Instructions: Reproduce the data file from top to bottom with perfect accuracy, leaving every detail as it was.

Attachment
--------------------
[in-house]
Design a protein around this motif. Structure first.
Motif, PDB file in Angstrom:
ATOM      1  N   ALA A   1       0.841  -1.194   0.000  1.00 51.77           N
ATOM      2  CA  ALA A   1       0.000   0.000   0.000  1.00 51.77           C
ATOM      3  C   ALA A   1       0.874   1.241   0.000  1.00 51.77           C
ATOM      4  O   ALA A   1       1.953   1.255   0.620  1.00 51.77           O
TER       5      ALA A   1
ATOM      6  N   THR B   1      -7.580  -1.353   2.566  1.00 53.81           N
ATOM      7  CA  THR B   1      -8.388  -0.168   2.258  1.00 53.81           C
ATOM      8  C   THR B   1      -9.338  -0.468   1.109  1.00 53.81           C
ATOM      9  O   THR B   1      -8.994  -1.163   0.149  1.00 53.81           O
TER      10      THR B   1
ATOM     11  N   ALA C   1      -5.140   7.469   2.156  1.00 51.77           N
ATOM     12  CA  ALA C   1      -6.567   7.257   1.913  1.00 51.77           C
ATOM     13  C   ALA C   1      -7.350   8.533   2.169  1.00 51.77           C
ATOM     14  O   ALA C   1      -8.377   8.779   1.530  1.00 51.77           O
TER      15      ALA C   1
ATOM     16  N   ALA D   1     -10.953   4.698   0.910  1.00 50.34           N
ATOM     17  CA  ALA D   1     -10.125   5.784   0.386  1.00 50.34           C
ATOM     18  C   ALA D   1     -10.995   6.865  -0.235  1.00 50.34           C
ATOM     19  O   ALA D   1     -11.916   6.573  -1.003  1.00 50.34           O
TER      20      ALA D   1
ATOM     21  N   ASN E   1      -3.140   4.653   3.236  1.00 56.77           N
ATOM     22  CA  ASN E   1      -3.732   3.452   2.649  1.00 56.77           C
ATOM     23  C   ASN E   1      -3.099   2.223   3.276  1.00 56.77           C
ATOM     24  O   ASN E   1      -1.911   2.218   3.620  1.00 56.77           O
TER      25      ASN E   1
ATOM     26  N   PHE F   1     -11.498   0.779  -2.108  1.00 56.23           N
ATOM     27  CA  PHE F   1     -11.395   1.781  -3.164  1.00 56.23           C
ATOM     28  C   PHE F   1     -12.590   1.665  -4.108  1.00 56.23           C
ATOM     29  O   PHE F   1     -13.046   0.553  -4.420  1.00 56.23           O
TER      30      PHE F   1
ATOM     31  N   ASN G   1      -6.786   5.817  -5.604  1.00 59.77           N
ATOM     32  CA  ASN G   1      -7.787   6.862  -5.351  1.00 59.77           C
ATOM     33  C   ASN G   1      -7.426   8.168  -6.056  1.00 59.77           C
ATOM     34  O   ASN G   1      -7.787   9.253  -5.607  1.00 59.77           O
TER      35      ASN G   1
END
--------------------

[in-house]
Design a protein around this motif. Structure first.
Motif, PDB file in Angstrom:
ATOM      1  N   ALA A   1       0.841  -1.194   0.000  1.00 51.77           N
ATOM      2  CA  ALA A   1       0.000   0.000   0.000  1.00 51.77           C
ATOM      3  C   ALA A   1       0.874   1.241   0.000  1.00 51.77           C
ATOM      4  O   ALA A   1       1.953   1.255   0.620  1.00 51.77           O
TER       5      ALA A   1
ATOM      6  N   THR B   1      -7.580  -1.353   2.566  1.00 53.81           N
ATOM      7  CA  THR B   1      -8.388  -0.168   2.258  1.00 53.81           C
ATOM      8  C   THR B   1      -9.338  -0.468   1.109  1.00 53.81           C
ATOM      9  O   THR B   1      -8.994  -1.163   0.149  1.00 53.81           O
TER      10      THR B   1
ATOM     11  N   ALA C   1      -5.140   7.469   2.156  1.00 51.77           N
ATOM     12  CA  ALA C   1      -6.567   7.257   1.913  1.00 51.77           C
ATOM     13  C   ALA C   1      -7.350   8.533   2.169  1.00 51.77           C
ATOM     14  O   ALA C   1      -8.377   8.779   1.530  1.00 51.77           O
TER      15      ALA C   1
ATOM     16  N   ALA D   1     -10.953   4.698   0.910  1.00 50.34           N
ATOM     17  CA  ALA D   1     -10.125   5.784   0.386  1.00 50.34           C
ATOM     18  C   ALA D   1     -10.995   6.865  -0.235  1.00 50.34           C
ATOM     19  O   ALA D   1     -11.916   6.573  -1.003  1.00 50.34           O
TER      20      ALA D   1
ATOM     21  N   ASN E   1      -3.140   4.653   3.236  1.00 56.77           N
ATOM     22  CA  ASN E   1      -3.732   3.452   2.649  1.00 56.77           C
ATOM     23  C   ASN E   1      -3.099   2.223   3.276  1.00 56.77           C
ATOM     24  O   ASN E   1      -1.911   2.218   3.620  1.00 56.77           O
TER      25      ASN E   1
ATOM     26  N   PHE F   1     -11.498   0.779  -2.108  1.00 56.23           N
ATOM     27  CA  PHE F   1     -11.395   1.781  -3.164  1.00 56.23           C
ATOM     28  C   PHE F   1     -12.590   1.665  -4.108  1.00 56.23           C
ATOM     29  O   PHE F   1     -13.046   0.553  -4.420  1.00 56.23           O
TER      30      PHE F   1
ATOM     31  N   ASN G   1      -6.786   5.817  -5.604  1.00 59.77           N
ATOM     32  CA  ASN G   1      -7.787   6.862  -5.351  1.00 59.77           C
ATOM     33  C   ASN G   1      -7.426   8.168  -6.056  1.00 59.77           C
ATOM     34  O   ASN G   1      -7.787   9.253  -5.607  1.00 59.77           O
TER      35      ASN G   1
END